Title: Re: USB Oscilloscope for Audio Work
Post by: Ike Zimbel on May 07, 2021, 03:06:09 pm
:)  That's something I need to do at my place in the next year or so - replace furnace/air handler simply because it's 25 yrs old now.

Yeah, these things should pump out plenty of heat.  Not sure where the resistors are used, but appear to be some kind of industrial application as they are referred to a "Braking Resistors".



Diesel-electric locomotives are often equipped with "dynamic braking". The actual propulsion in these units is via electric motors in the trucks (bogies, running gear) and when these are not providing traction (ie when the train is coasting, or decelerating) they effectively turn into generators. The current they generate can be routed to resistor grids, which provide a load, which provides dynamic braking to the wheels. And, yes, they have big fans to cool the resistor grids.
Title: Re: USB Oscilloscope for Audio Work
Post by: Russell Ault on May 07, 2021, 03:37:54 pm
Diesel-electric locomotives are often equipped with "dynamic braking". The actual propulsion in these units is via electric motors in the trucks (bogies, running gear) and when these are not providing traction (ie when the train is coasting, or decelerating) they effectively turn into generators. The current they generate can be routed to resistor grids, which provide a load, which provides dynamic braking to the wheels. And, yes, they have big fans to cool the resistor grids.

It's not just locomotives; almost any electric motor can be effectively (and cheaply) braked using an electrical load (although, depending on how much momentum is involved, actually stopping using only dynamic braking can be a challenge). One close-to-home example is the auto-stop function when you release the handle on an electric lawnmower (which is often accomplished using nothing more complicated than a long piece of wire).

I would guess your resistors are designed for an application that falls in between these two extremes (probably, as you guessed, in an industrial automation setting).

(As a total aside, if your train is electrically powered you can use voltage converters instead of resistors to produce "regenerative braking", which effectively uses other trains as your train's braking load. Needless to say this represents a significant efficiency gain, especially on rapid transit systems where stopping is frequent, or on mountainous systems where a descending train can produce a decent portion of the electricity been consumed by an ascending train.)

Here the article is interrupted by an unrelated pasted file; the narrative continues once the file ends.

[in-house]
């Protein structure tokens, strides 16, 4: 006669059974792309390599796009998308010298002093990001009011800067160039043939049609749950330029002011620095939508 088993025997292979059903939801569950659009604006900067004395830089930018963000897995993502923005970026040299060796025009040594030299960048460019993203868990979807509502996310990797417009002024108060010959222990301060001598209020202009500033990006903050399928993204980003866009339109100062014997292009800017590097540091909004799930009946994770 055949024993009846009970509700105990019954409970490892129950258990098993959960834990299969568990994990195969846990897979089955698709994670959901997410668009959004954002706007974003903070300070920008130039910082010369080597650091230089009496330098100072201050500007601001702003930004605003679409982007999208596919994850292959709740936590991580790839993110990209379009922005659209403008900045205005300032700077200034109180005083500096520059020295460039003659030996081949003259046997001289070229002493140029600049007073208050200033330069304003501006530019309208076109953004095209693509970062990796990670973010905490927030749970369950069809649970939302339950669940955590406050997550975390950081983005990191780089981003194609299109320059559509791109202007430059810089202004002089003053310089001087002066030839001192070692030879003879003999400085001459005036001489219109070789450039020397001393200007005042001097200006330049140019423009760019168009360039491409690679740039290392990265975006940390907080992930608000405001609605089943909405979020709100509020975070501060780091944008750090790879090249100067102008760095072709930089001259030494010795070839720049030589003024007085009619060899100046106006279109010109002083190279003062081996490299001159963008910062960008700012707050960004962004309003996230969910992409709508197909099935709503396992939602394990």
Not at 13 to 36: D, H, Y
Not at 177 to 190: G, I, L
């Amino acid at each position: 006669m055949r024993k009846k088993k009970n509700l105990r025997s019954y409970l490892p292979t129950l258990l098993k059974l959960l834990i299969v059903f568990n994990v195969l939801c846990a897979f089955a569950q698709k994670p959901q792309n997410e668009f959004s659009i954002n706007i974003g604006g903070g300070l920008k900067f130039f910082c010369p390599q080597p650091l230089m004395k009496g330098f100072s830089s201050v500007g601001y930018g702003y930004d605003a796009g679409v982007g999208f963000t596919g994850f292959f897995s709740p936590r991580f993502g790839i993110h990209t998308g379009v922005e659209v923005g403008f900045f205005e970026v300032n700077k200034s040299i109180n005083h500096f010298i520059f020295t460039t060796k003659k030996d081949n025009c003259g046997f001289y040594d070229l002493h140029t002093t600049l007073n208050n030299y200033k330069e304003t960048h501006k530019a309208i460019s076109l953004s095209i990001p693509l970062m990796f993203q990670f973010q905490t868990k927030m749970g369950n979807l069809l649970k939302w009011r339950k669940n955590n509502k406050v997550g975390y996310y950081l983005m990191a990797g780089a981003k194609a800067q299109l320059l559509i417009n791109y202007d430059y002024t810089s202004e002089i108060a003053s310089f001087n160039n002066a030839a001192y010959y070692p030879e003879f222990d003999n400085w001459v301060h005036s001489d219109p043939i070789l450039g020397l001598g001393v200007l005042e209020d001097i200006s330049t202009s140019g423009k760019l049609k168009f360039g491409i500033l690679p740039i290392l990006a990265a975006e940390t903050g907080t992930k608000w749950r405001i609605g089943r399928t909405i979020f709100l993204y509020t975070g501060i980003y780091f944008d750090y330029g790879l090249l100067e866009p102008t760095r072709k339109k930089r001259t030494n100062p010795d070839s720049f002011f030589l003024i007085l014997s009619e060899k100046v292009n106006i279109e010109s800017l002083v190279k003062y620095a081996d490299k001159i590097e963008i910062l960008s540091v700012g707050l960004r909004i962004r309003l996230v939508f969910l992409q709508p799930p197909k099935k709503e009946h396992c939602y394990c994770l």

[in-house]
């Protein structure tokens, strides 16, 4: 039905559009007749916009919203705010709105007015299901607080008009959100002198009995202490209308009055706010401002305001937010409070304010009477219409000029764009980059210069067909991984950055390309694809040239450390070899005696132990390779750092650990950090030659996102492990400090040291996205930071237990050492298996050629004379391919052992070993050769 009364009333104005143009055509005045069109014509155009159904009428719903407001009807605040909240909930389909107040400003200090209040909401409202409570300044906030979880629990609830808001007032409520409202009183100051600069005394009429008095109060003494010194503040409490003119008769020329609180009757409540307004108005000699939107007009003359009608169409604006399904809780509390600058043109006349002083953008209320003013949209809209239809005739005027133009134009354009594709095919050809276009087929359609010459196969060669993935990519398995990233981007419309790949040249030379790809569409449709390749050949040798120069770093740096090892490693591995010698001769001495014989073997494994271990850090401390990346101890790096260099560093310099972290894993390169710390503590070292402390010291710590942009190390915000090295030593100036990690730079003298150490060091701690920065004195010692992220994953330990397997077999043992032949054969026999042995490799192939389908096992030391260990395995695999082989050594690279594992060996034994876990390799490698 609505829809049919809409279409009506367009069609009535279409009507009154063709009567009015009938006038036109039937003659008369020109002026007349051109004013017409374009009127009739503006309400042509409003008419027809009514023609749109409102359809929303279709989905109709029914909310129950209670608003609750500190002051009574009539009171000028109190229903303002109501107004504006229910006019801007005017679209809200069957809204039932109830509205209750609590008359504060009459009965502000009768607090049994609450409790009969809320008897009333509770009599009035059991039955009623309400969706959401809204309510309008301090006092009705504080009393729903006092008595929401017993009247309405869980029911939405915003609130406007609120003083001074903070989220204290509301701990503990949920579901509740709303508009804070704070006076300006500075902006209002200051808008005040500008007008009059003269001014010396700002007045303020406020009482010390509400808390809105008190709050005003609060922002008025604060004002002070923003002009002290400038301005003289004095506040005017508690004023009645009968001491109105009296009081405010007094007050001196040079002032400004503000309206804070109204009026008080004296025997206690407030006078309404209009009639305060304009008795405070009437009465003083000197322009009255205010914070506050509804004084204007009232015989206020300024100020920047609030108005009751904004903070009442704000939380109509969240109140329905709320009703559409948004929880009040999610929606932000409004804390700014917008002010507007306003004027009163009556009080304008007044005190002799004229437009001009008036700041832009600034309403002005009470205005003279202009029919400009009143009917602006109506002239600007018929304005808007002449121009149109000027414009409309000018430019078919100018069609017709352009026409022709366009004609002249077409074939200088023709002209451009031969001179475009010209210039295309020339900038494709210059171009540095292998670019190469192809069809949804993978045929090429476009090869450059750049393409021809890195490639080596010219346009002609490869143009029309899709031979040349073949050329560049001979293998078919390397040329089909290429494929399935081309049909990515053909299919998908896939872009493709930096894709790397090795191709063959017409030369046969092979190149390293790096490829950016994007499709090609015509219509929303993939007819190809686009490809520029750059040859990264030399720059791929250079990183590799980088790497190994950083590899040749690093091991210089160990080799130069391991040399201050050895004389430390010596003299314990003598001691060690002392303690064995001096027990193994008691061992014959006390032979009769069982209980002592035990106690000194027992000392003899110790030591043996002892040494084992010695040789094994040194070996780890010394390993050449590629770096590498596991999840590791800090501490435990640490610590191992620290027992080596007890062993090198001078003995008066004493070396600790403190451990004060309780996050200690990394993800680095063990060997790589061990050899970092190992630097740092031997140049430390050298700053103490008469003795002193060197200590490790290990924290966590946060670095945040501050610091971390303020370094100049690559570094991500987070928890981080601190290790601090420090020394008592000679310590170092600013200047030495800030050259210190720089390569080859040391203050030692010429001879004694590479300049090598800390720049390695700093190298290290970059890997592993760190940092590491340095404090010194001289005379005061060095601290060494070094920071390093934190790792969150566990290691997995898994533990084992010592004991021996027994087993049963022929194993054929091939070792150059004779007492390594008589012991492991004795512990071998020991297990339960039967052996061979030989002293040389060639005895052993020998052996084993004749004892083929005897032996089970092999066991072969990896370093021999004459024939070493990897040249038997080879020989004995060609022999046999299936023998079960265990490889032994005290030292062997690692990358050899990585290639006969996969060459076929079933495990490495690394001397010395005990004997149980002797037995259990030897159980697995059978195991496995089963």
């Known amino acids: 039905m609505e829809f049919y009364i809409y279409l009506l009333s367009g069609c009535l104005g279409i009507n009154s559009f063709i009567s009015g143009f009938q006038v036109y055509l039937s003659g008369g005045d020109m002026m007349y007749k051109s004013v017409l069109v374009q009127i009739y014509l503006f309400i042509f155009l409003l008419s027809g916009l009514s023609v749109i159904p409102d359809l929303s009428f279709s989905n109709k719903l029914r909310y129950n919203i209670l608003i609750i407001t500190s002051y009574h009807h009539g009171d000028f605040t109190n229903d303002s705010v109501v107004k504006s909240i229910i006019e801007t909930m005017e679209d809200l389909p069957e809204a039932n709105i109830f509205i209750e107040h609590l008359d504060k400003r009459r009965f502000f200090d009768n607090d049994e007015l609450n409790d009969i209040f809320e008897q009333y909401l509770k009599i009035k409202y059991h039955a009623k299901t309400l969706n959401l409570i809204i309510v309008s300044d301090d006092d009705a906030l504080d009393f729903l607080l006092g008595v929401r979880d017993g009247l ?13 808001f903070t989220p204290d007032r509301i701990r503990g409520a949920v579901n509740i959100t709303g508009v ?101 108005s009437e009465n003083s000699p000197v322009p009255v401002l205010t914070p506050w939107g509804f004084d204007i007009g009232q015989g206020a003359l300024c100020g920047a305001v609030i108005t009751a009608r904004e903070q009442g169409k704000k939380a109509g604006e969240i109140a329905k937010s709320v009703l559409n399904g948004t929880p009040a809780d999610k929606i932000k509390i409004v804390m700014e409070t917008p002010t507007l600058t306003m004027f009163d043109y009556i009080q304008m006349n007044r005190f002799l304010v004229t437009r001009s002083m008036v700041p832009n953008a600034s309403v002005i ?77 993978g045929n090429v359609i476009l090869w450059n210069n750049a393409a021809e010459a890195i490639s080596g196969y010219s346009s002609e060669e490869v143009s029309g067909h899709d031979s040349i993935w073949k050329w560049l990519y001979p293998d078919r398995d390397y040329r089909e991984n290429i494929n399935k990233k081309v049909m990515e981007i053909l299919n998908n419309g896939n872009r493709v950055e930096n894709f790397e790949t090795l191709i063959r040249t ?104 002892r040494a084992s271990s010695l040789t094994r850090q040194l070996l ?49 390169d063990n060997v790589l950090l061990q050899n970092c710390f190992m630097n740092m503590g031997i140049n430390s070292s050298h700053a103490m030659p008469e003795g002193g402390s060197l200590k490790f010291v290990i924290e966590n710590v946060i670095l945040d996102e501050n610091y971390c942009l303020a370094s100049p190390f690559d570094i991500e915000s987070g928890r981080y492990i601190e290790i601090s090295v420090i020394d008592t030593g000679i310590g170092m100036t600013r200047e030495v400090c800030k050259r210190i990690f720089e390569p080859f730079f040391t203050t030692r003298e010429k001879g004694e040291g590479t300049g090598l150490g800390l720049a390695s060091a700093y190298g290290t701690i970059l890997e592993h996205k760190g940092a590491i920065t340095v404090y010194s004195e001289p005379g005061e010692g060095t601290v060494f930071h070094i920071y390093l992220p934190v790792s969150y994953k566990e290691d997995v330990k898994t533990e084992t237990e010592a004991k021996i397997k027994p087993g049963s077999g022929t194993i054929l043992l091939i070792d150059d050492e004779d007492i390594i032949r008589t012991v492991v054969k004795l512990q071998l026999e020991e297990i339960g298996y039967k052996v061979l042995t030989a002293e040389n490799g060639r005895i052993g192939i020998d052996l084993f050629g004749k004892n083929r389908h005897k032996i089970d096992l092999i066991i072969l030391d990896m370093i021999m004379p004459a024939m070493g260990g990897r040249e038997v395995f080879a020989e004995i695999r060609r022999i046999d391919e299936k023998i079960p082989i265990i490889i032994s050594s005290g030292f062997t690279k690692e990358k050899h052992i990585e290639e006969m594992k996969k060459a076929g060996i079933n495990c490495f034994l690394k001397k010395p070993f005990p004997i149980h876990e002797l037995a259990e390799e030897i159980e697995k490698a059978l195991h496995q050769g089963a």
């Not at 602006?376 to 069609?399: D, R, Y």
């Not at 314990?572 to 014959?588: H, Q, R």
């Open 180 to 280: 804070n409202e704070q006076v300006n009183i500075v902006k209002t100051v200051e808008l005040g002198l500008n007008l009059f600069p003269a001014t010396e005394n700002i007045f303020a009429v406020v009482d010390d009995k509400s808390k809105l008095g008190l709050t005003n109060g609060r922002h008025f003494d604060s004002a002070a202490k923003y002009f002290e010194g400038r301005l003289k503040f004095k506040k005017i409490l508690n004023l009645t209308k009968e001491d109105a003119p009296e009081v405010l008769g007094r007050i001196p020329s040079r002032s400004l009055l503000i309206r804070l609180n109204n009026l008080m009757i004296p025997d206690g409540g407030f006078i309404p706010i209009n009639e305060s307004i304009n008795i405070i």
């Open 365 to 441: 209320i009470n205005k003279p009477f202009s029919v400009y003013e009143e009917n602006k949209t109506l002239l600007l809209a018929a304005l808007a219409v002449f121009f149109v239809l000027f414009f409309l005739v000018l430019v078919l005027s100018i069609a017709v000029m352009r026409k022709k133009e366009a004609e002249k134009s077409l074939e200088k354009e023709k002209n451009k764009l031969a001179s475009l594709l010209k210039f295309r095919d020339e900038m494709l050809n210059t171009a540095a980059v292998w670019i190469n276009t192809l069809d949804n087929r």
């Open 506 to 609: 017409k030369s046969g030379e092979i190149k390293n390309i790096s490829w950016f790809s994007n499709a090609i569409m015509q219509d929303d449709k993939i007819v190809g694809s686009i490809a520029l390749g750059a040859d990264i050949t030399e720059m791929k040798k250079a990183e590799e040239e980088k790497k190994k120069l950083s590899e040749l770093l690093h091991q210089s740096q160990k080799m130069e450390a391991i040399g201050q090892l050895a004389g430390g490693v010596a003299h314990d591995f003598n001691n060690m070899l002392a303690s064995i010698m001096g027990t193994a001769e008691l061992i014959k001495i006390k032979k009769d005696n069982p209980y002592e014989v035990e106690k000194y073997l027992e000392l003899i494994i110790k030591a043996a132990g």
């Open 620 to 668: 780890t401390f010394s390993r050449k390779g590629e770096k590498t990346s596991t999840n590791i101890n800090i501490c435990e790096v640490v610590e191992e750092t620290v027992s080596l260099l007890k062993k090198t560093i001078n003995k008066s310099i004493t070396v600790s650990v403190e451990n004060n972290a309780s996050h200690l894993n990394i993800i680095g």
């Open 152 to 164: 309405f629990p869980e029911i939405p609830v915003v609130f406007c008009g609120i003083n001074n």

-Russ
Title: Re: USB Oscilloscope for Audio Work
Post by: Steve-White on May 07, 2021, 05:17:12 pm
^^^ Yeah it seems I've seen some of that as it applies to hybrid automobiles.  The coast down and braking recirculated to battery charging.

These resistors are built, very solid and large, but the wire size is right at what would be rated power in terms of core area or gauge size.  For the usage in my case is fine, just an observation.  I did the math, 250W RMS is 25A @ 100V RMS so each 8 ohm resistor will be carrying 12.5A RMS at rated power.  That's just for awareness, so I don't get any surprises.

I plan on milling the bottoms of the resistor cases flat and using thermal paste at the interface with 1/4" aluminum plate - with large heat sink on the other side.  May not be needed, I don't know yet.  But, when using the old Heathkit it got hot - I only held the amps full tilt for about 30 seconds and that will likely be a protocol that's followed today.  Probably  a bit longer duty cycle for burst testing.  Overbuild, and you only build once.  :)

I'm only interested in giving the amps a clean bill of health for field operation.  A basic checkup, gain, low power signal, high power signal, output RMS & burst and make sure the cooling system is operating as it should.

The resistors are intended for use in a similar environment to amp testing.  No huge voltage/current spikes as judged by the wire size on them.
Title: Re: USB Oscilloscope for Audio Work
Post by: Steve-White on May 07, 2021, 05:18:48 pm
Diesel-electric locomotives are often equipped with "dynamic braking". The actual propulsion in these units is via electric motors in the trucks (bogies, running gear) and when these are not providing traction (ie when the train is coasting, or decelerating) they effectively turn into generators. The current they generate can be routed to resistor grids, which provide a load, which provides dynamic braking to the wheels. And, yes, they have big fans to cool the resistor grids.

I was thinking train braking when I looked at them.